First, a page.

The notion of studenting is not new in the educational literature. It was first introduced by Fenstermacher (1986), who used the term to describe the various tasks that a student performs in order to learn. Fenstermacher acknowledged that studenting involves more than that which takes place in the classroom─ including getting along with teachers, peers and parents, and handling the non-academic aspects of school life. However, his fundamental premise was that studenting is about mastering the processes of learning and that the task of teaching is to enable studenting:

The teacher’s tasks include instructing the learner on the procedures and demands of the studenting role, selecting the material to be learned, adapting that material so that it is appropriate to the level of the learner, constructing the most appropriate set of opportunities for the learner to gain access to the content, monitoring and appraising the student’s progress, and serving the learner as one of the primary sources of knowledge and skills. (p. 40)

Fenstermacher (1986) drew a direct link between the range of activities connected with teaching─ explaining, describing, defining, referring, facilitating and encouraging─ with activities associated with studenting─ practicing, seeking assistance, reviewing, checking, locating and accessing. One of the major achievements of teaching, according to Fenstermacher, is the attainment on the part of the student of the rules, procedures and skills of studenting.

Fenstermacher (1986) takes of view of studenting which might be called structure oriented (Giddens, 1984), where the action of the student is regarded as a function of the position of the actor in a social setting; in this case a setting largely constructed by the teacher on behalf of the student. The teacher performs certain roles within that setting and the student is expected to respond to this treatment in appropriate ways. By contrast, our own view of studenting might be called actor-oriented (Giddens, 1984). According to this perspective, actions are related to the intentions, beliefs and capabilities of the actors; in this case the students themselves. Thus an actor-oriented perspective on studenting─ incorporating attributes such as pacing, attending, conforming and selecting─ seems, in this case, to be more cynical, sometimes more subversive and certainly less connected with the overt rules of the classroom than a structure-oriented view.

Another version of an actor-oriented view of studenting is captured in Fatima’s rules ( Jegede & Aikenhead, 1999; Larson, 1995), an unstated set of understandings about how students conduct themselves in class. Costa’s (1997) account of students playing by these rules brings to mind my own observations of Jake’s behavior in the science lesson:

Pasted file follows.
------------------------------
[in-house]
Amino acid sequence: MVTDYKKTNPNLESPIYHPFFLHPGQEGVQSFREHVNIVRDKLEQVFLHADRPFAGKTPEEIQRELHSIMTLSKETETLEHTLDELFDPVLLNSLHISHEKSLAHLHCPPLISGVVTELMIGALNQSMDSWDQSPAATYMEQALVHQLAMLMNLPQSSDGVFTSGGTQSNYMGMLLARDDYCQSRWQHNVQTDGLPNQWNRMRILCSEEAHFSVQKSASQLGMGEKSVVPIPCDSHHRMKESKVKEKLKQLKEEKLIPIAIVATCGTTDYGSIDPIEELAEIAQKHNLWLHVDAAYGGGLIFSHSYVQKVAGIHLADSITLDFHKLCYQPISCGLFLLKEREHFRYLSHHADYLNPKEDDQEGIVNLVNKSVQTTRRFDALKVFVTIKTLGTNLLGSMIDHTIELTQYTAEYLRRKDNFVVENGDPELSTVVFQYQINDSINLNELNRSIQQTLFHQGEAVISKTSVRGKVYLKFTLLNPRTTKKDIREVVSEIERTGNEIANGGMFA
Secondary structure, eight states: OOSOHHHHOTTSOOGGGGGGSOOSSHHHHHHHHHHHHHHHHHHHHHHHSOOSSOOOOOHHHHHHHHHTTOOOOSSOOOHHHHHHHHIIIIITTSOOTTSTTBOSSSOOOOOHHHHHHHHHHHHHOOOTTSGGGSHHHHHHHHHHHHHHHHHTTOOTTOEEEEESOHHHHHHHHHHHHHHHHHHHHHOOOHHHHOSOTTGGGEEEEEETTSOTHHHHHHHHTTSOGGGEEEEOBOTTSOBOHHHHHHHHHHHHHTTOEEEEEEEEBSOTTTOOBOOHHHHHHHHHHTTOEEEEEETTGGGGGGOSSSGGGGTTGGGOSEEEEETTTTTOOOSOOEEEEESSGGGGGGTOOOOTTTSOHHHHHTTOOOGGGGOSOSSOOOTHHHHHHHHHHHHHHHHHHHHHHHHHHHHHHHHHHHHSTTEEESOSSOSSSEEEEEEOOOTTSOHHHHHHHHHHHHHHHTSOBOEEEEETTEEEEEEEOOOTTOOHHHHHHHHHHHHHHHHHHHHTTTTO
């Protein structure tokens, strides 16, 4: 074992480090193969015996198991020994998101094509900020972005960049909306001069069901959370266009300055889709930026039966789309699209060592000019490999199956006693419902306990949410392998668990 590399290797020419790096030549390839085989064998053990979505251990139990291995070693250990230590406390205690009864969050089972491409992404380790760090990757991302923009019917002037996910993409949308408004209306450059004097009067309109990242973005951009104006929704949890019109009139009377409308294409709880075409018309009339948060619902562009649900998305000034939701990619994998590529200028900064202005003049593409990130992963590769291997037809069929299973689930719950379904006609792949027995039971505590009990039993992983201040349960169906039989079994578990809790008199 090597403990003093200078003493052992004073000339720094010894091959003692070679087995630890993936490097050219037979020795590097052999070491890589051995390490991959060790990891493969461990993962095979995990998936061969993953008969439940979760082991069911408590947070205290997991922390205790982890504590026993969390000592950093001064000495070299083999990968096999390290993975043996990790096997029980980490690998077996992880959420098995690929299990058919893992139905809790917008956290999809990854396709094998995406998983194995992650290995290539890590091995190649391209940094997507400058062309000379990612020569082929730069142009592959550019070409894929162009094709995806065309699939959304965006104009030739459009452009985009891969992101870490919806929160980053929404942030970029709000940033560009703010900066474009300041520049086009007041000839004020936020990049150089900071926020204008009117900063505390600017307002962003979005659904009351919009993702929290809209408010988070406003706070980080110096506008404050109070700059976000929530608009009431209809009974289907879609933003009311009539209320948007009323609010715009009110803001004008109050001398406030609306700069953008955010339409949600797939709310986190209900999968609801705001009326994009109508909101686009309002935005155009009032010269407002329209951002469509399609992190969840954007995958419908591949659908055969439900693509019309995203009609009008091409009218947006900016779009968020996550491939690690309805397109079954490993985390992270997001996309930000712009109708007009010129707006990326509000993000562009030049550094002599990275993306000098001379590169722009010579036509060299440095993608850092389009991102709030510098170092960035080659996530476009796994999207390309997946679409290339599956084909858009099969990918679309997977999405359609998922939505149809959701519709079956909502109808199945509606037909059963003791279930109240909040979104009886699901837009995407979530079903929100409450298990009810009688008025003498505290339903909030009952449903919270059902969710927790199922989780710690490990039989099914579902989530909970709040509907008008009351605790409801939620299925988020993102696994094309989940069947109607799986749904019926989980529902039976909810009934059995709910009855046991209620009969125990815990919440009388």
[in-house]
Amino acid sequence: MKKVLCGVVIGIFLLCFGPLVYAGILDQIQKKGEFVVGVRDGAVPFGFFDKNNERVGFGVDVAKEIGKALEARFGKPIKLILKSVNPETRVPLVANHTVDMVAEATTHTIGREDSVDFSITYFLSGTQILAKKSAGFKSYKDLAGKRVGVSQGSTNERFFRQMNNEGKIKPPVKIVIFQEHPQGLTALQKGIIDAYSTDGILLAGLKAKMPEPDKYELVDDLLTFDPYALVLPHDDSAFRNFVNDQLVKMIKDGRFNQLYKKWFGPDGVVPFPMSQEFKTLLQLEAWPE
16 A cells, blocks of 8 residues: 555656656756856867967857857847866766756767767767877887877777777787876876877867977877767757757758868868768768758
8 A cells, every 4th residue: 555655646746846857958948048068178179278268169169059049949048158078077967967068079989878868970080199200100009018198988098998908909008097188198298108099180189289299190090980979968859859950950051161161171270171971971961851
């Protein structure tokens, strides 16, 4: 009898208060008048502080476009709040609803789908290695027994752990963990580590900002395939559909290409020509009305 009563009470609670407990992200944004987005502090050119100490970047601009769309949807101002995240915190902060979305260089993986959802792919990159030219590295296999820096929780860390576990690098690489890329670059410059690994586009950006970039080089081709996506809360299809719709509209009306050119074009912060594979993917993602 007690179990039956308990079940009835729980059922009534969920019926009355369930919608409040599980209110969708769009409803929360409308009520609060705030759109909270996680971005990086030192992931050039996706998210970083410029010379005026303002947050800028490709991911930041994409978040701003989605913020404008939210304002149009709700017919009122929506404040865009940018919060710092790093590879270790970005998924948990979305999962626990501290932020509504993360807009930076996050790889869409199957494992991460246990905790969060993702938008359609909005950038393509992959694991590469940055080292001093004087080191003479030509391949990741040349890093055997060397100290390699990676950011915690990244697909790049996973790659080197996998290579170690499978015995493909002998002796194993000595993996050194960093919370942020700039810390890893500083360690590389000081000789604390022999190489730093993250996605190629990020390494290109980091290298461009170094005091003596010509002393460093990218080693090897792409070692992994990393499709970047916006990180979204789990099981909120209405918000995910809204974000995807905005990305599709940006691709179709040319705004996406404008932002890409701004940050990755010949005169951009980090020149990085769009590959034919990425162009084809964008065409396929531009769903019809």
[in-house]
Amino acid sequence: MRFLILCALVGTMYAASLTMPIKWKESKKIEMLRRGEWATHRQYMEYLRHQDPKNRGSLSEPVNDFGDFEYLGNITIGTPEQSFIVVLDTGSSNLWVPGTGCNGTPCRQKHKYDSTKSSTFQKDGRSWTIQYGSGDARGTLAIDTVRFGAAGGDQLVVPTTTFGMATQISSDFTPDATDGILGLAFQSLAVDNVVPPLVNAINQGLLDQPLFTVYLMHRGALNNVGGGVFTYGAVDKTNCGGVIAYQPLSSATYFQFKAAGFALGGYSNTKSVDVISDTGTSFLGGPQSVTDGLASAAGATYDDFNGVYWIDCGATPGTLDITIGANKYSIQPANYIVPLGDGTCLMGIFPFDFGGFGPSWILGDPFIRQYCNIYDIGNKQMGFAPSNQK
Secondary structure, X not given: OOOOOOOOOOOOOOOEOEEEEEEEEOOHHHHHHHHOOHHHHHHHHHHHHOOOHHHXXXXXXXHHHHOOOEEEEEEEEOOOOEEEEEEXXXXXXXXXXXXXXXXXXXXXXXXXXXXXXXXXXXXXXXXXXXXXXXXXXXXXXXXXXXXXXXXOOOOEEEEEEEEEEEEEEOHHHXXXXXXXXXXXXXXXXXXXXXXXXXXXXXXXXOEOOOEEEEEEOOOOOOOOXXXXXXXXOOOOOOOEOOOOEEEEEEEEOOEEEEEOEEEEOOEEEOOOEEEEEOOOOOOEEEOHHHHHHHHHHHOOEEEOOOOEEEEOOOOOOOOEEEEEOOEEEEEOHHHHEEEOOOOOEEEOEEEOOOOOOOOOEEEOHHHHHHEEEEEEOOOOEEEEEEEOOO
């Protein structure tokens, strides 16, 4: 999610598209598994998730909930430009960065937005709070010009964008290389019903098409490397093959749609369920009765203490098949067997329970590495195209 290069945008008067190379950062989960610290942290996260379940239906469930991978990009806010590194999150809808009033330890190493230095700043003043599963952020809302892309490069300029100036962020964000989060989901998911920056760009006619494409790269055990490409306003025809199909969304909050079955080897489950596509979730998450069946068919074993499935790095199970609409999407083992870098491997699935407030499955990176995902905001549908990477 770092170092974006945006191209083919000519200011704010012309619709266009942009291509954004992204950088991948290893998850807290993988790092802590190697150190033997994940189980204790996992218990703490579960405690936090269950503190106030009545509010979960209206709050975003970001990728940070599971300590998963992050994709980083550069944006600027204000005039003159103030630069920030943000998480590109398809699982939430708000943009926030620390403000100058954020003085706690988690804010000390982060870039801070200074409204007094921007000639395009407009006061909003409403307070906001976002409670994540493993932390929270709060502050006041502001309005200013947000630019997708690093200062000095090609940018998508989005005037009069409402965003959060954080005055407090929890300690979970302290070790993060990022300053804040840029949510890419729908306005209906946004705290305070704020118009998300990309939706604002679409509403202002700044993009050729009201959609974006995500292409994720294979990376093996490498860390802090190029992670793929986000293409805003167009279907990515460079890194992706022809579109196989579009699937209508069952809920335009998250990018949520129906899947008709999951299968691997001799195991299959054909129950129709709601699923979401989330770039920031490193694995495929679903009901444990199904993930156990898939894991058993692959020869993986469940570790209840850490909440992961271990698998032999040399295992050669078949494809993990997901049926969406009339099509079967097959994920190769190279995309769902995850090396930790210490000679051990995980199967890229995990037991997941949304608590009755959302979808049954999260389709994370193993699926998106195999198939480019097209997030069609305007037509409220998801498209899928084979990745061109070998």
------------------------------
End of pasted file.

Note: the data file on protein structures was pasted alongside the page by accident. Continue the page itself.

[Students] are not working on chemistry; they are working to get through chemistry. The subject does not matter. As a result, students negotiate treaties regarding the kind of work they will do in class. Their work is not so much productive as it is political. They do not need to be productive─ as in learning chemistry. They only need to be political─ as in being credited for working in chemistry. (p. 1020)


It is a strange irony that at the time of the study, Waverley was a school deeply immersed in reform. The school’s reform goals were concerned with developing students as responsible, independent learners. Staff invested considerable time and energy in learning and practicing student centered teaching strategies. Some of these goals and strategies were in evidence in the actions of Jake’s social studies and English teachers. And yet, in spite of his teachers’ best efforts, Jake still seemed to be minimally engaged by his classroom experience. There appears to be a mismatch between student centered teaching─ premised on a structure-oriented view of studenting─ and student-centered learning─ premised on an actor-oriented view of studenting.

One explanation for this irony is that Waverley’s rationale for school reform, while based on laudable aims of student centeredness, was actually little different from the structure-oriented view of teaching (and hence studenting) described by Fenstermacher (1986). Teachers were still selecting content (albeit in a more democratic way), constructing the classroom environment (albeit in a ‘‘student-centered’’ way), and monitoring and appraising student progress (albeit using an outcomes approach). While students may have been the focus of this activity, it was still the teachers who decided what was best. This raises the question of whether the democratic goal of student centeredness was being pursued in a nondemocratic manner requiring students to be passive recipients rather than active questioners of the goal.

Thus, the desire to think about students in a student centered way does not always translate into the reality of students as actors in the change process. Jake liked ‘‘the way [he] was left alone and checked on now and again’’ so that he could get on with the business of studenting. Fullan (1991) describes this circumstance in the following terms: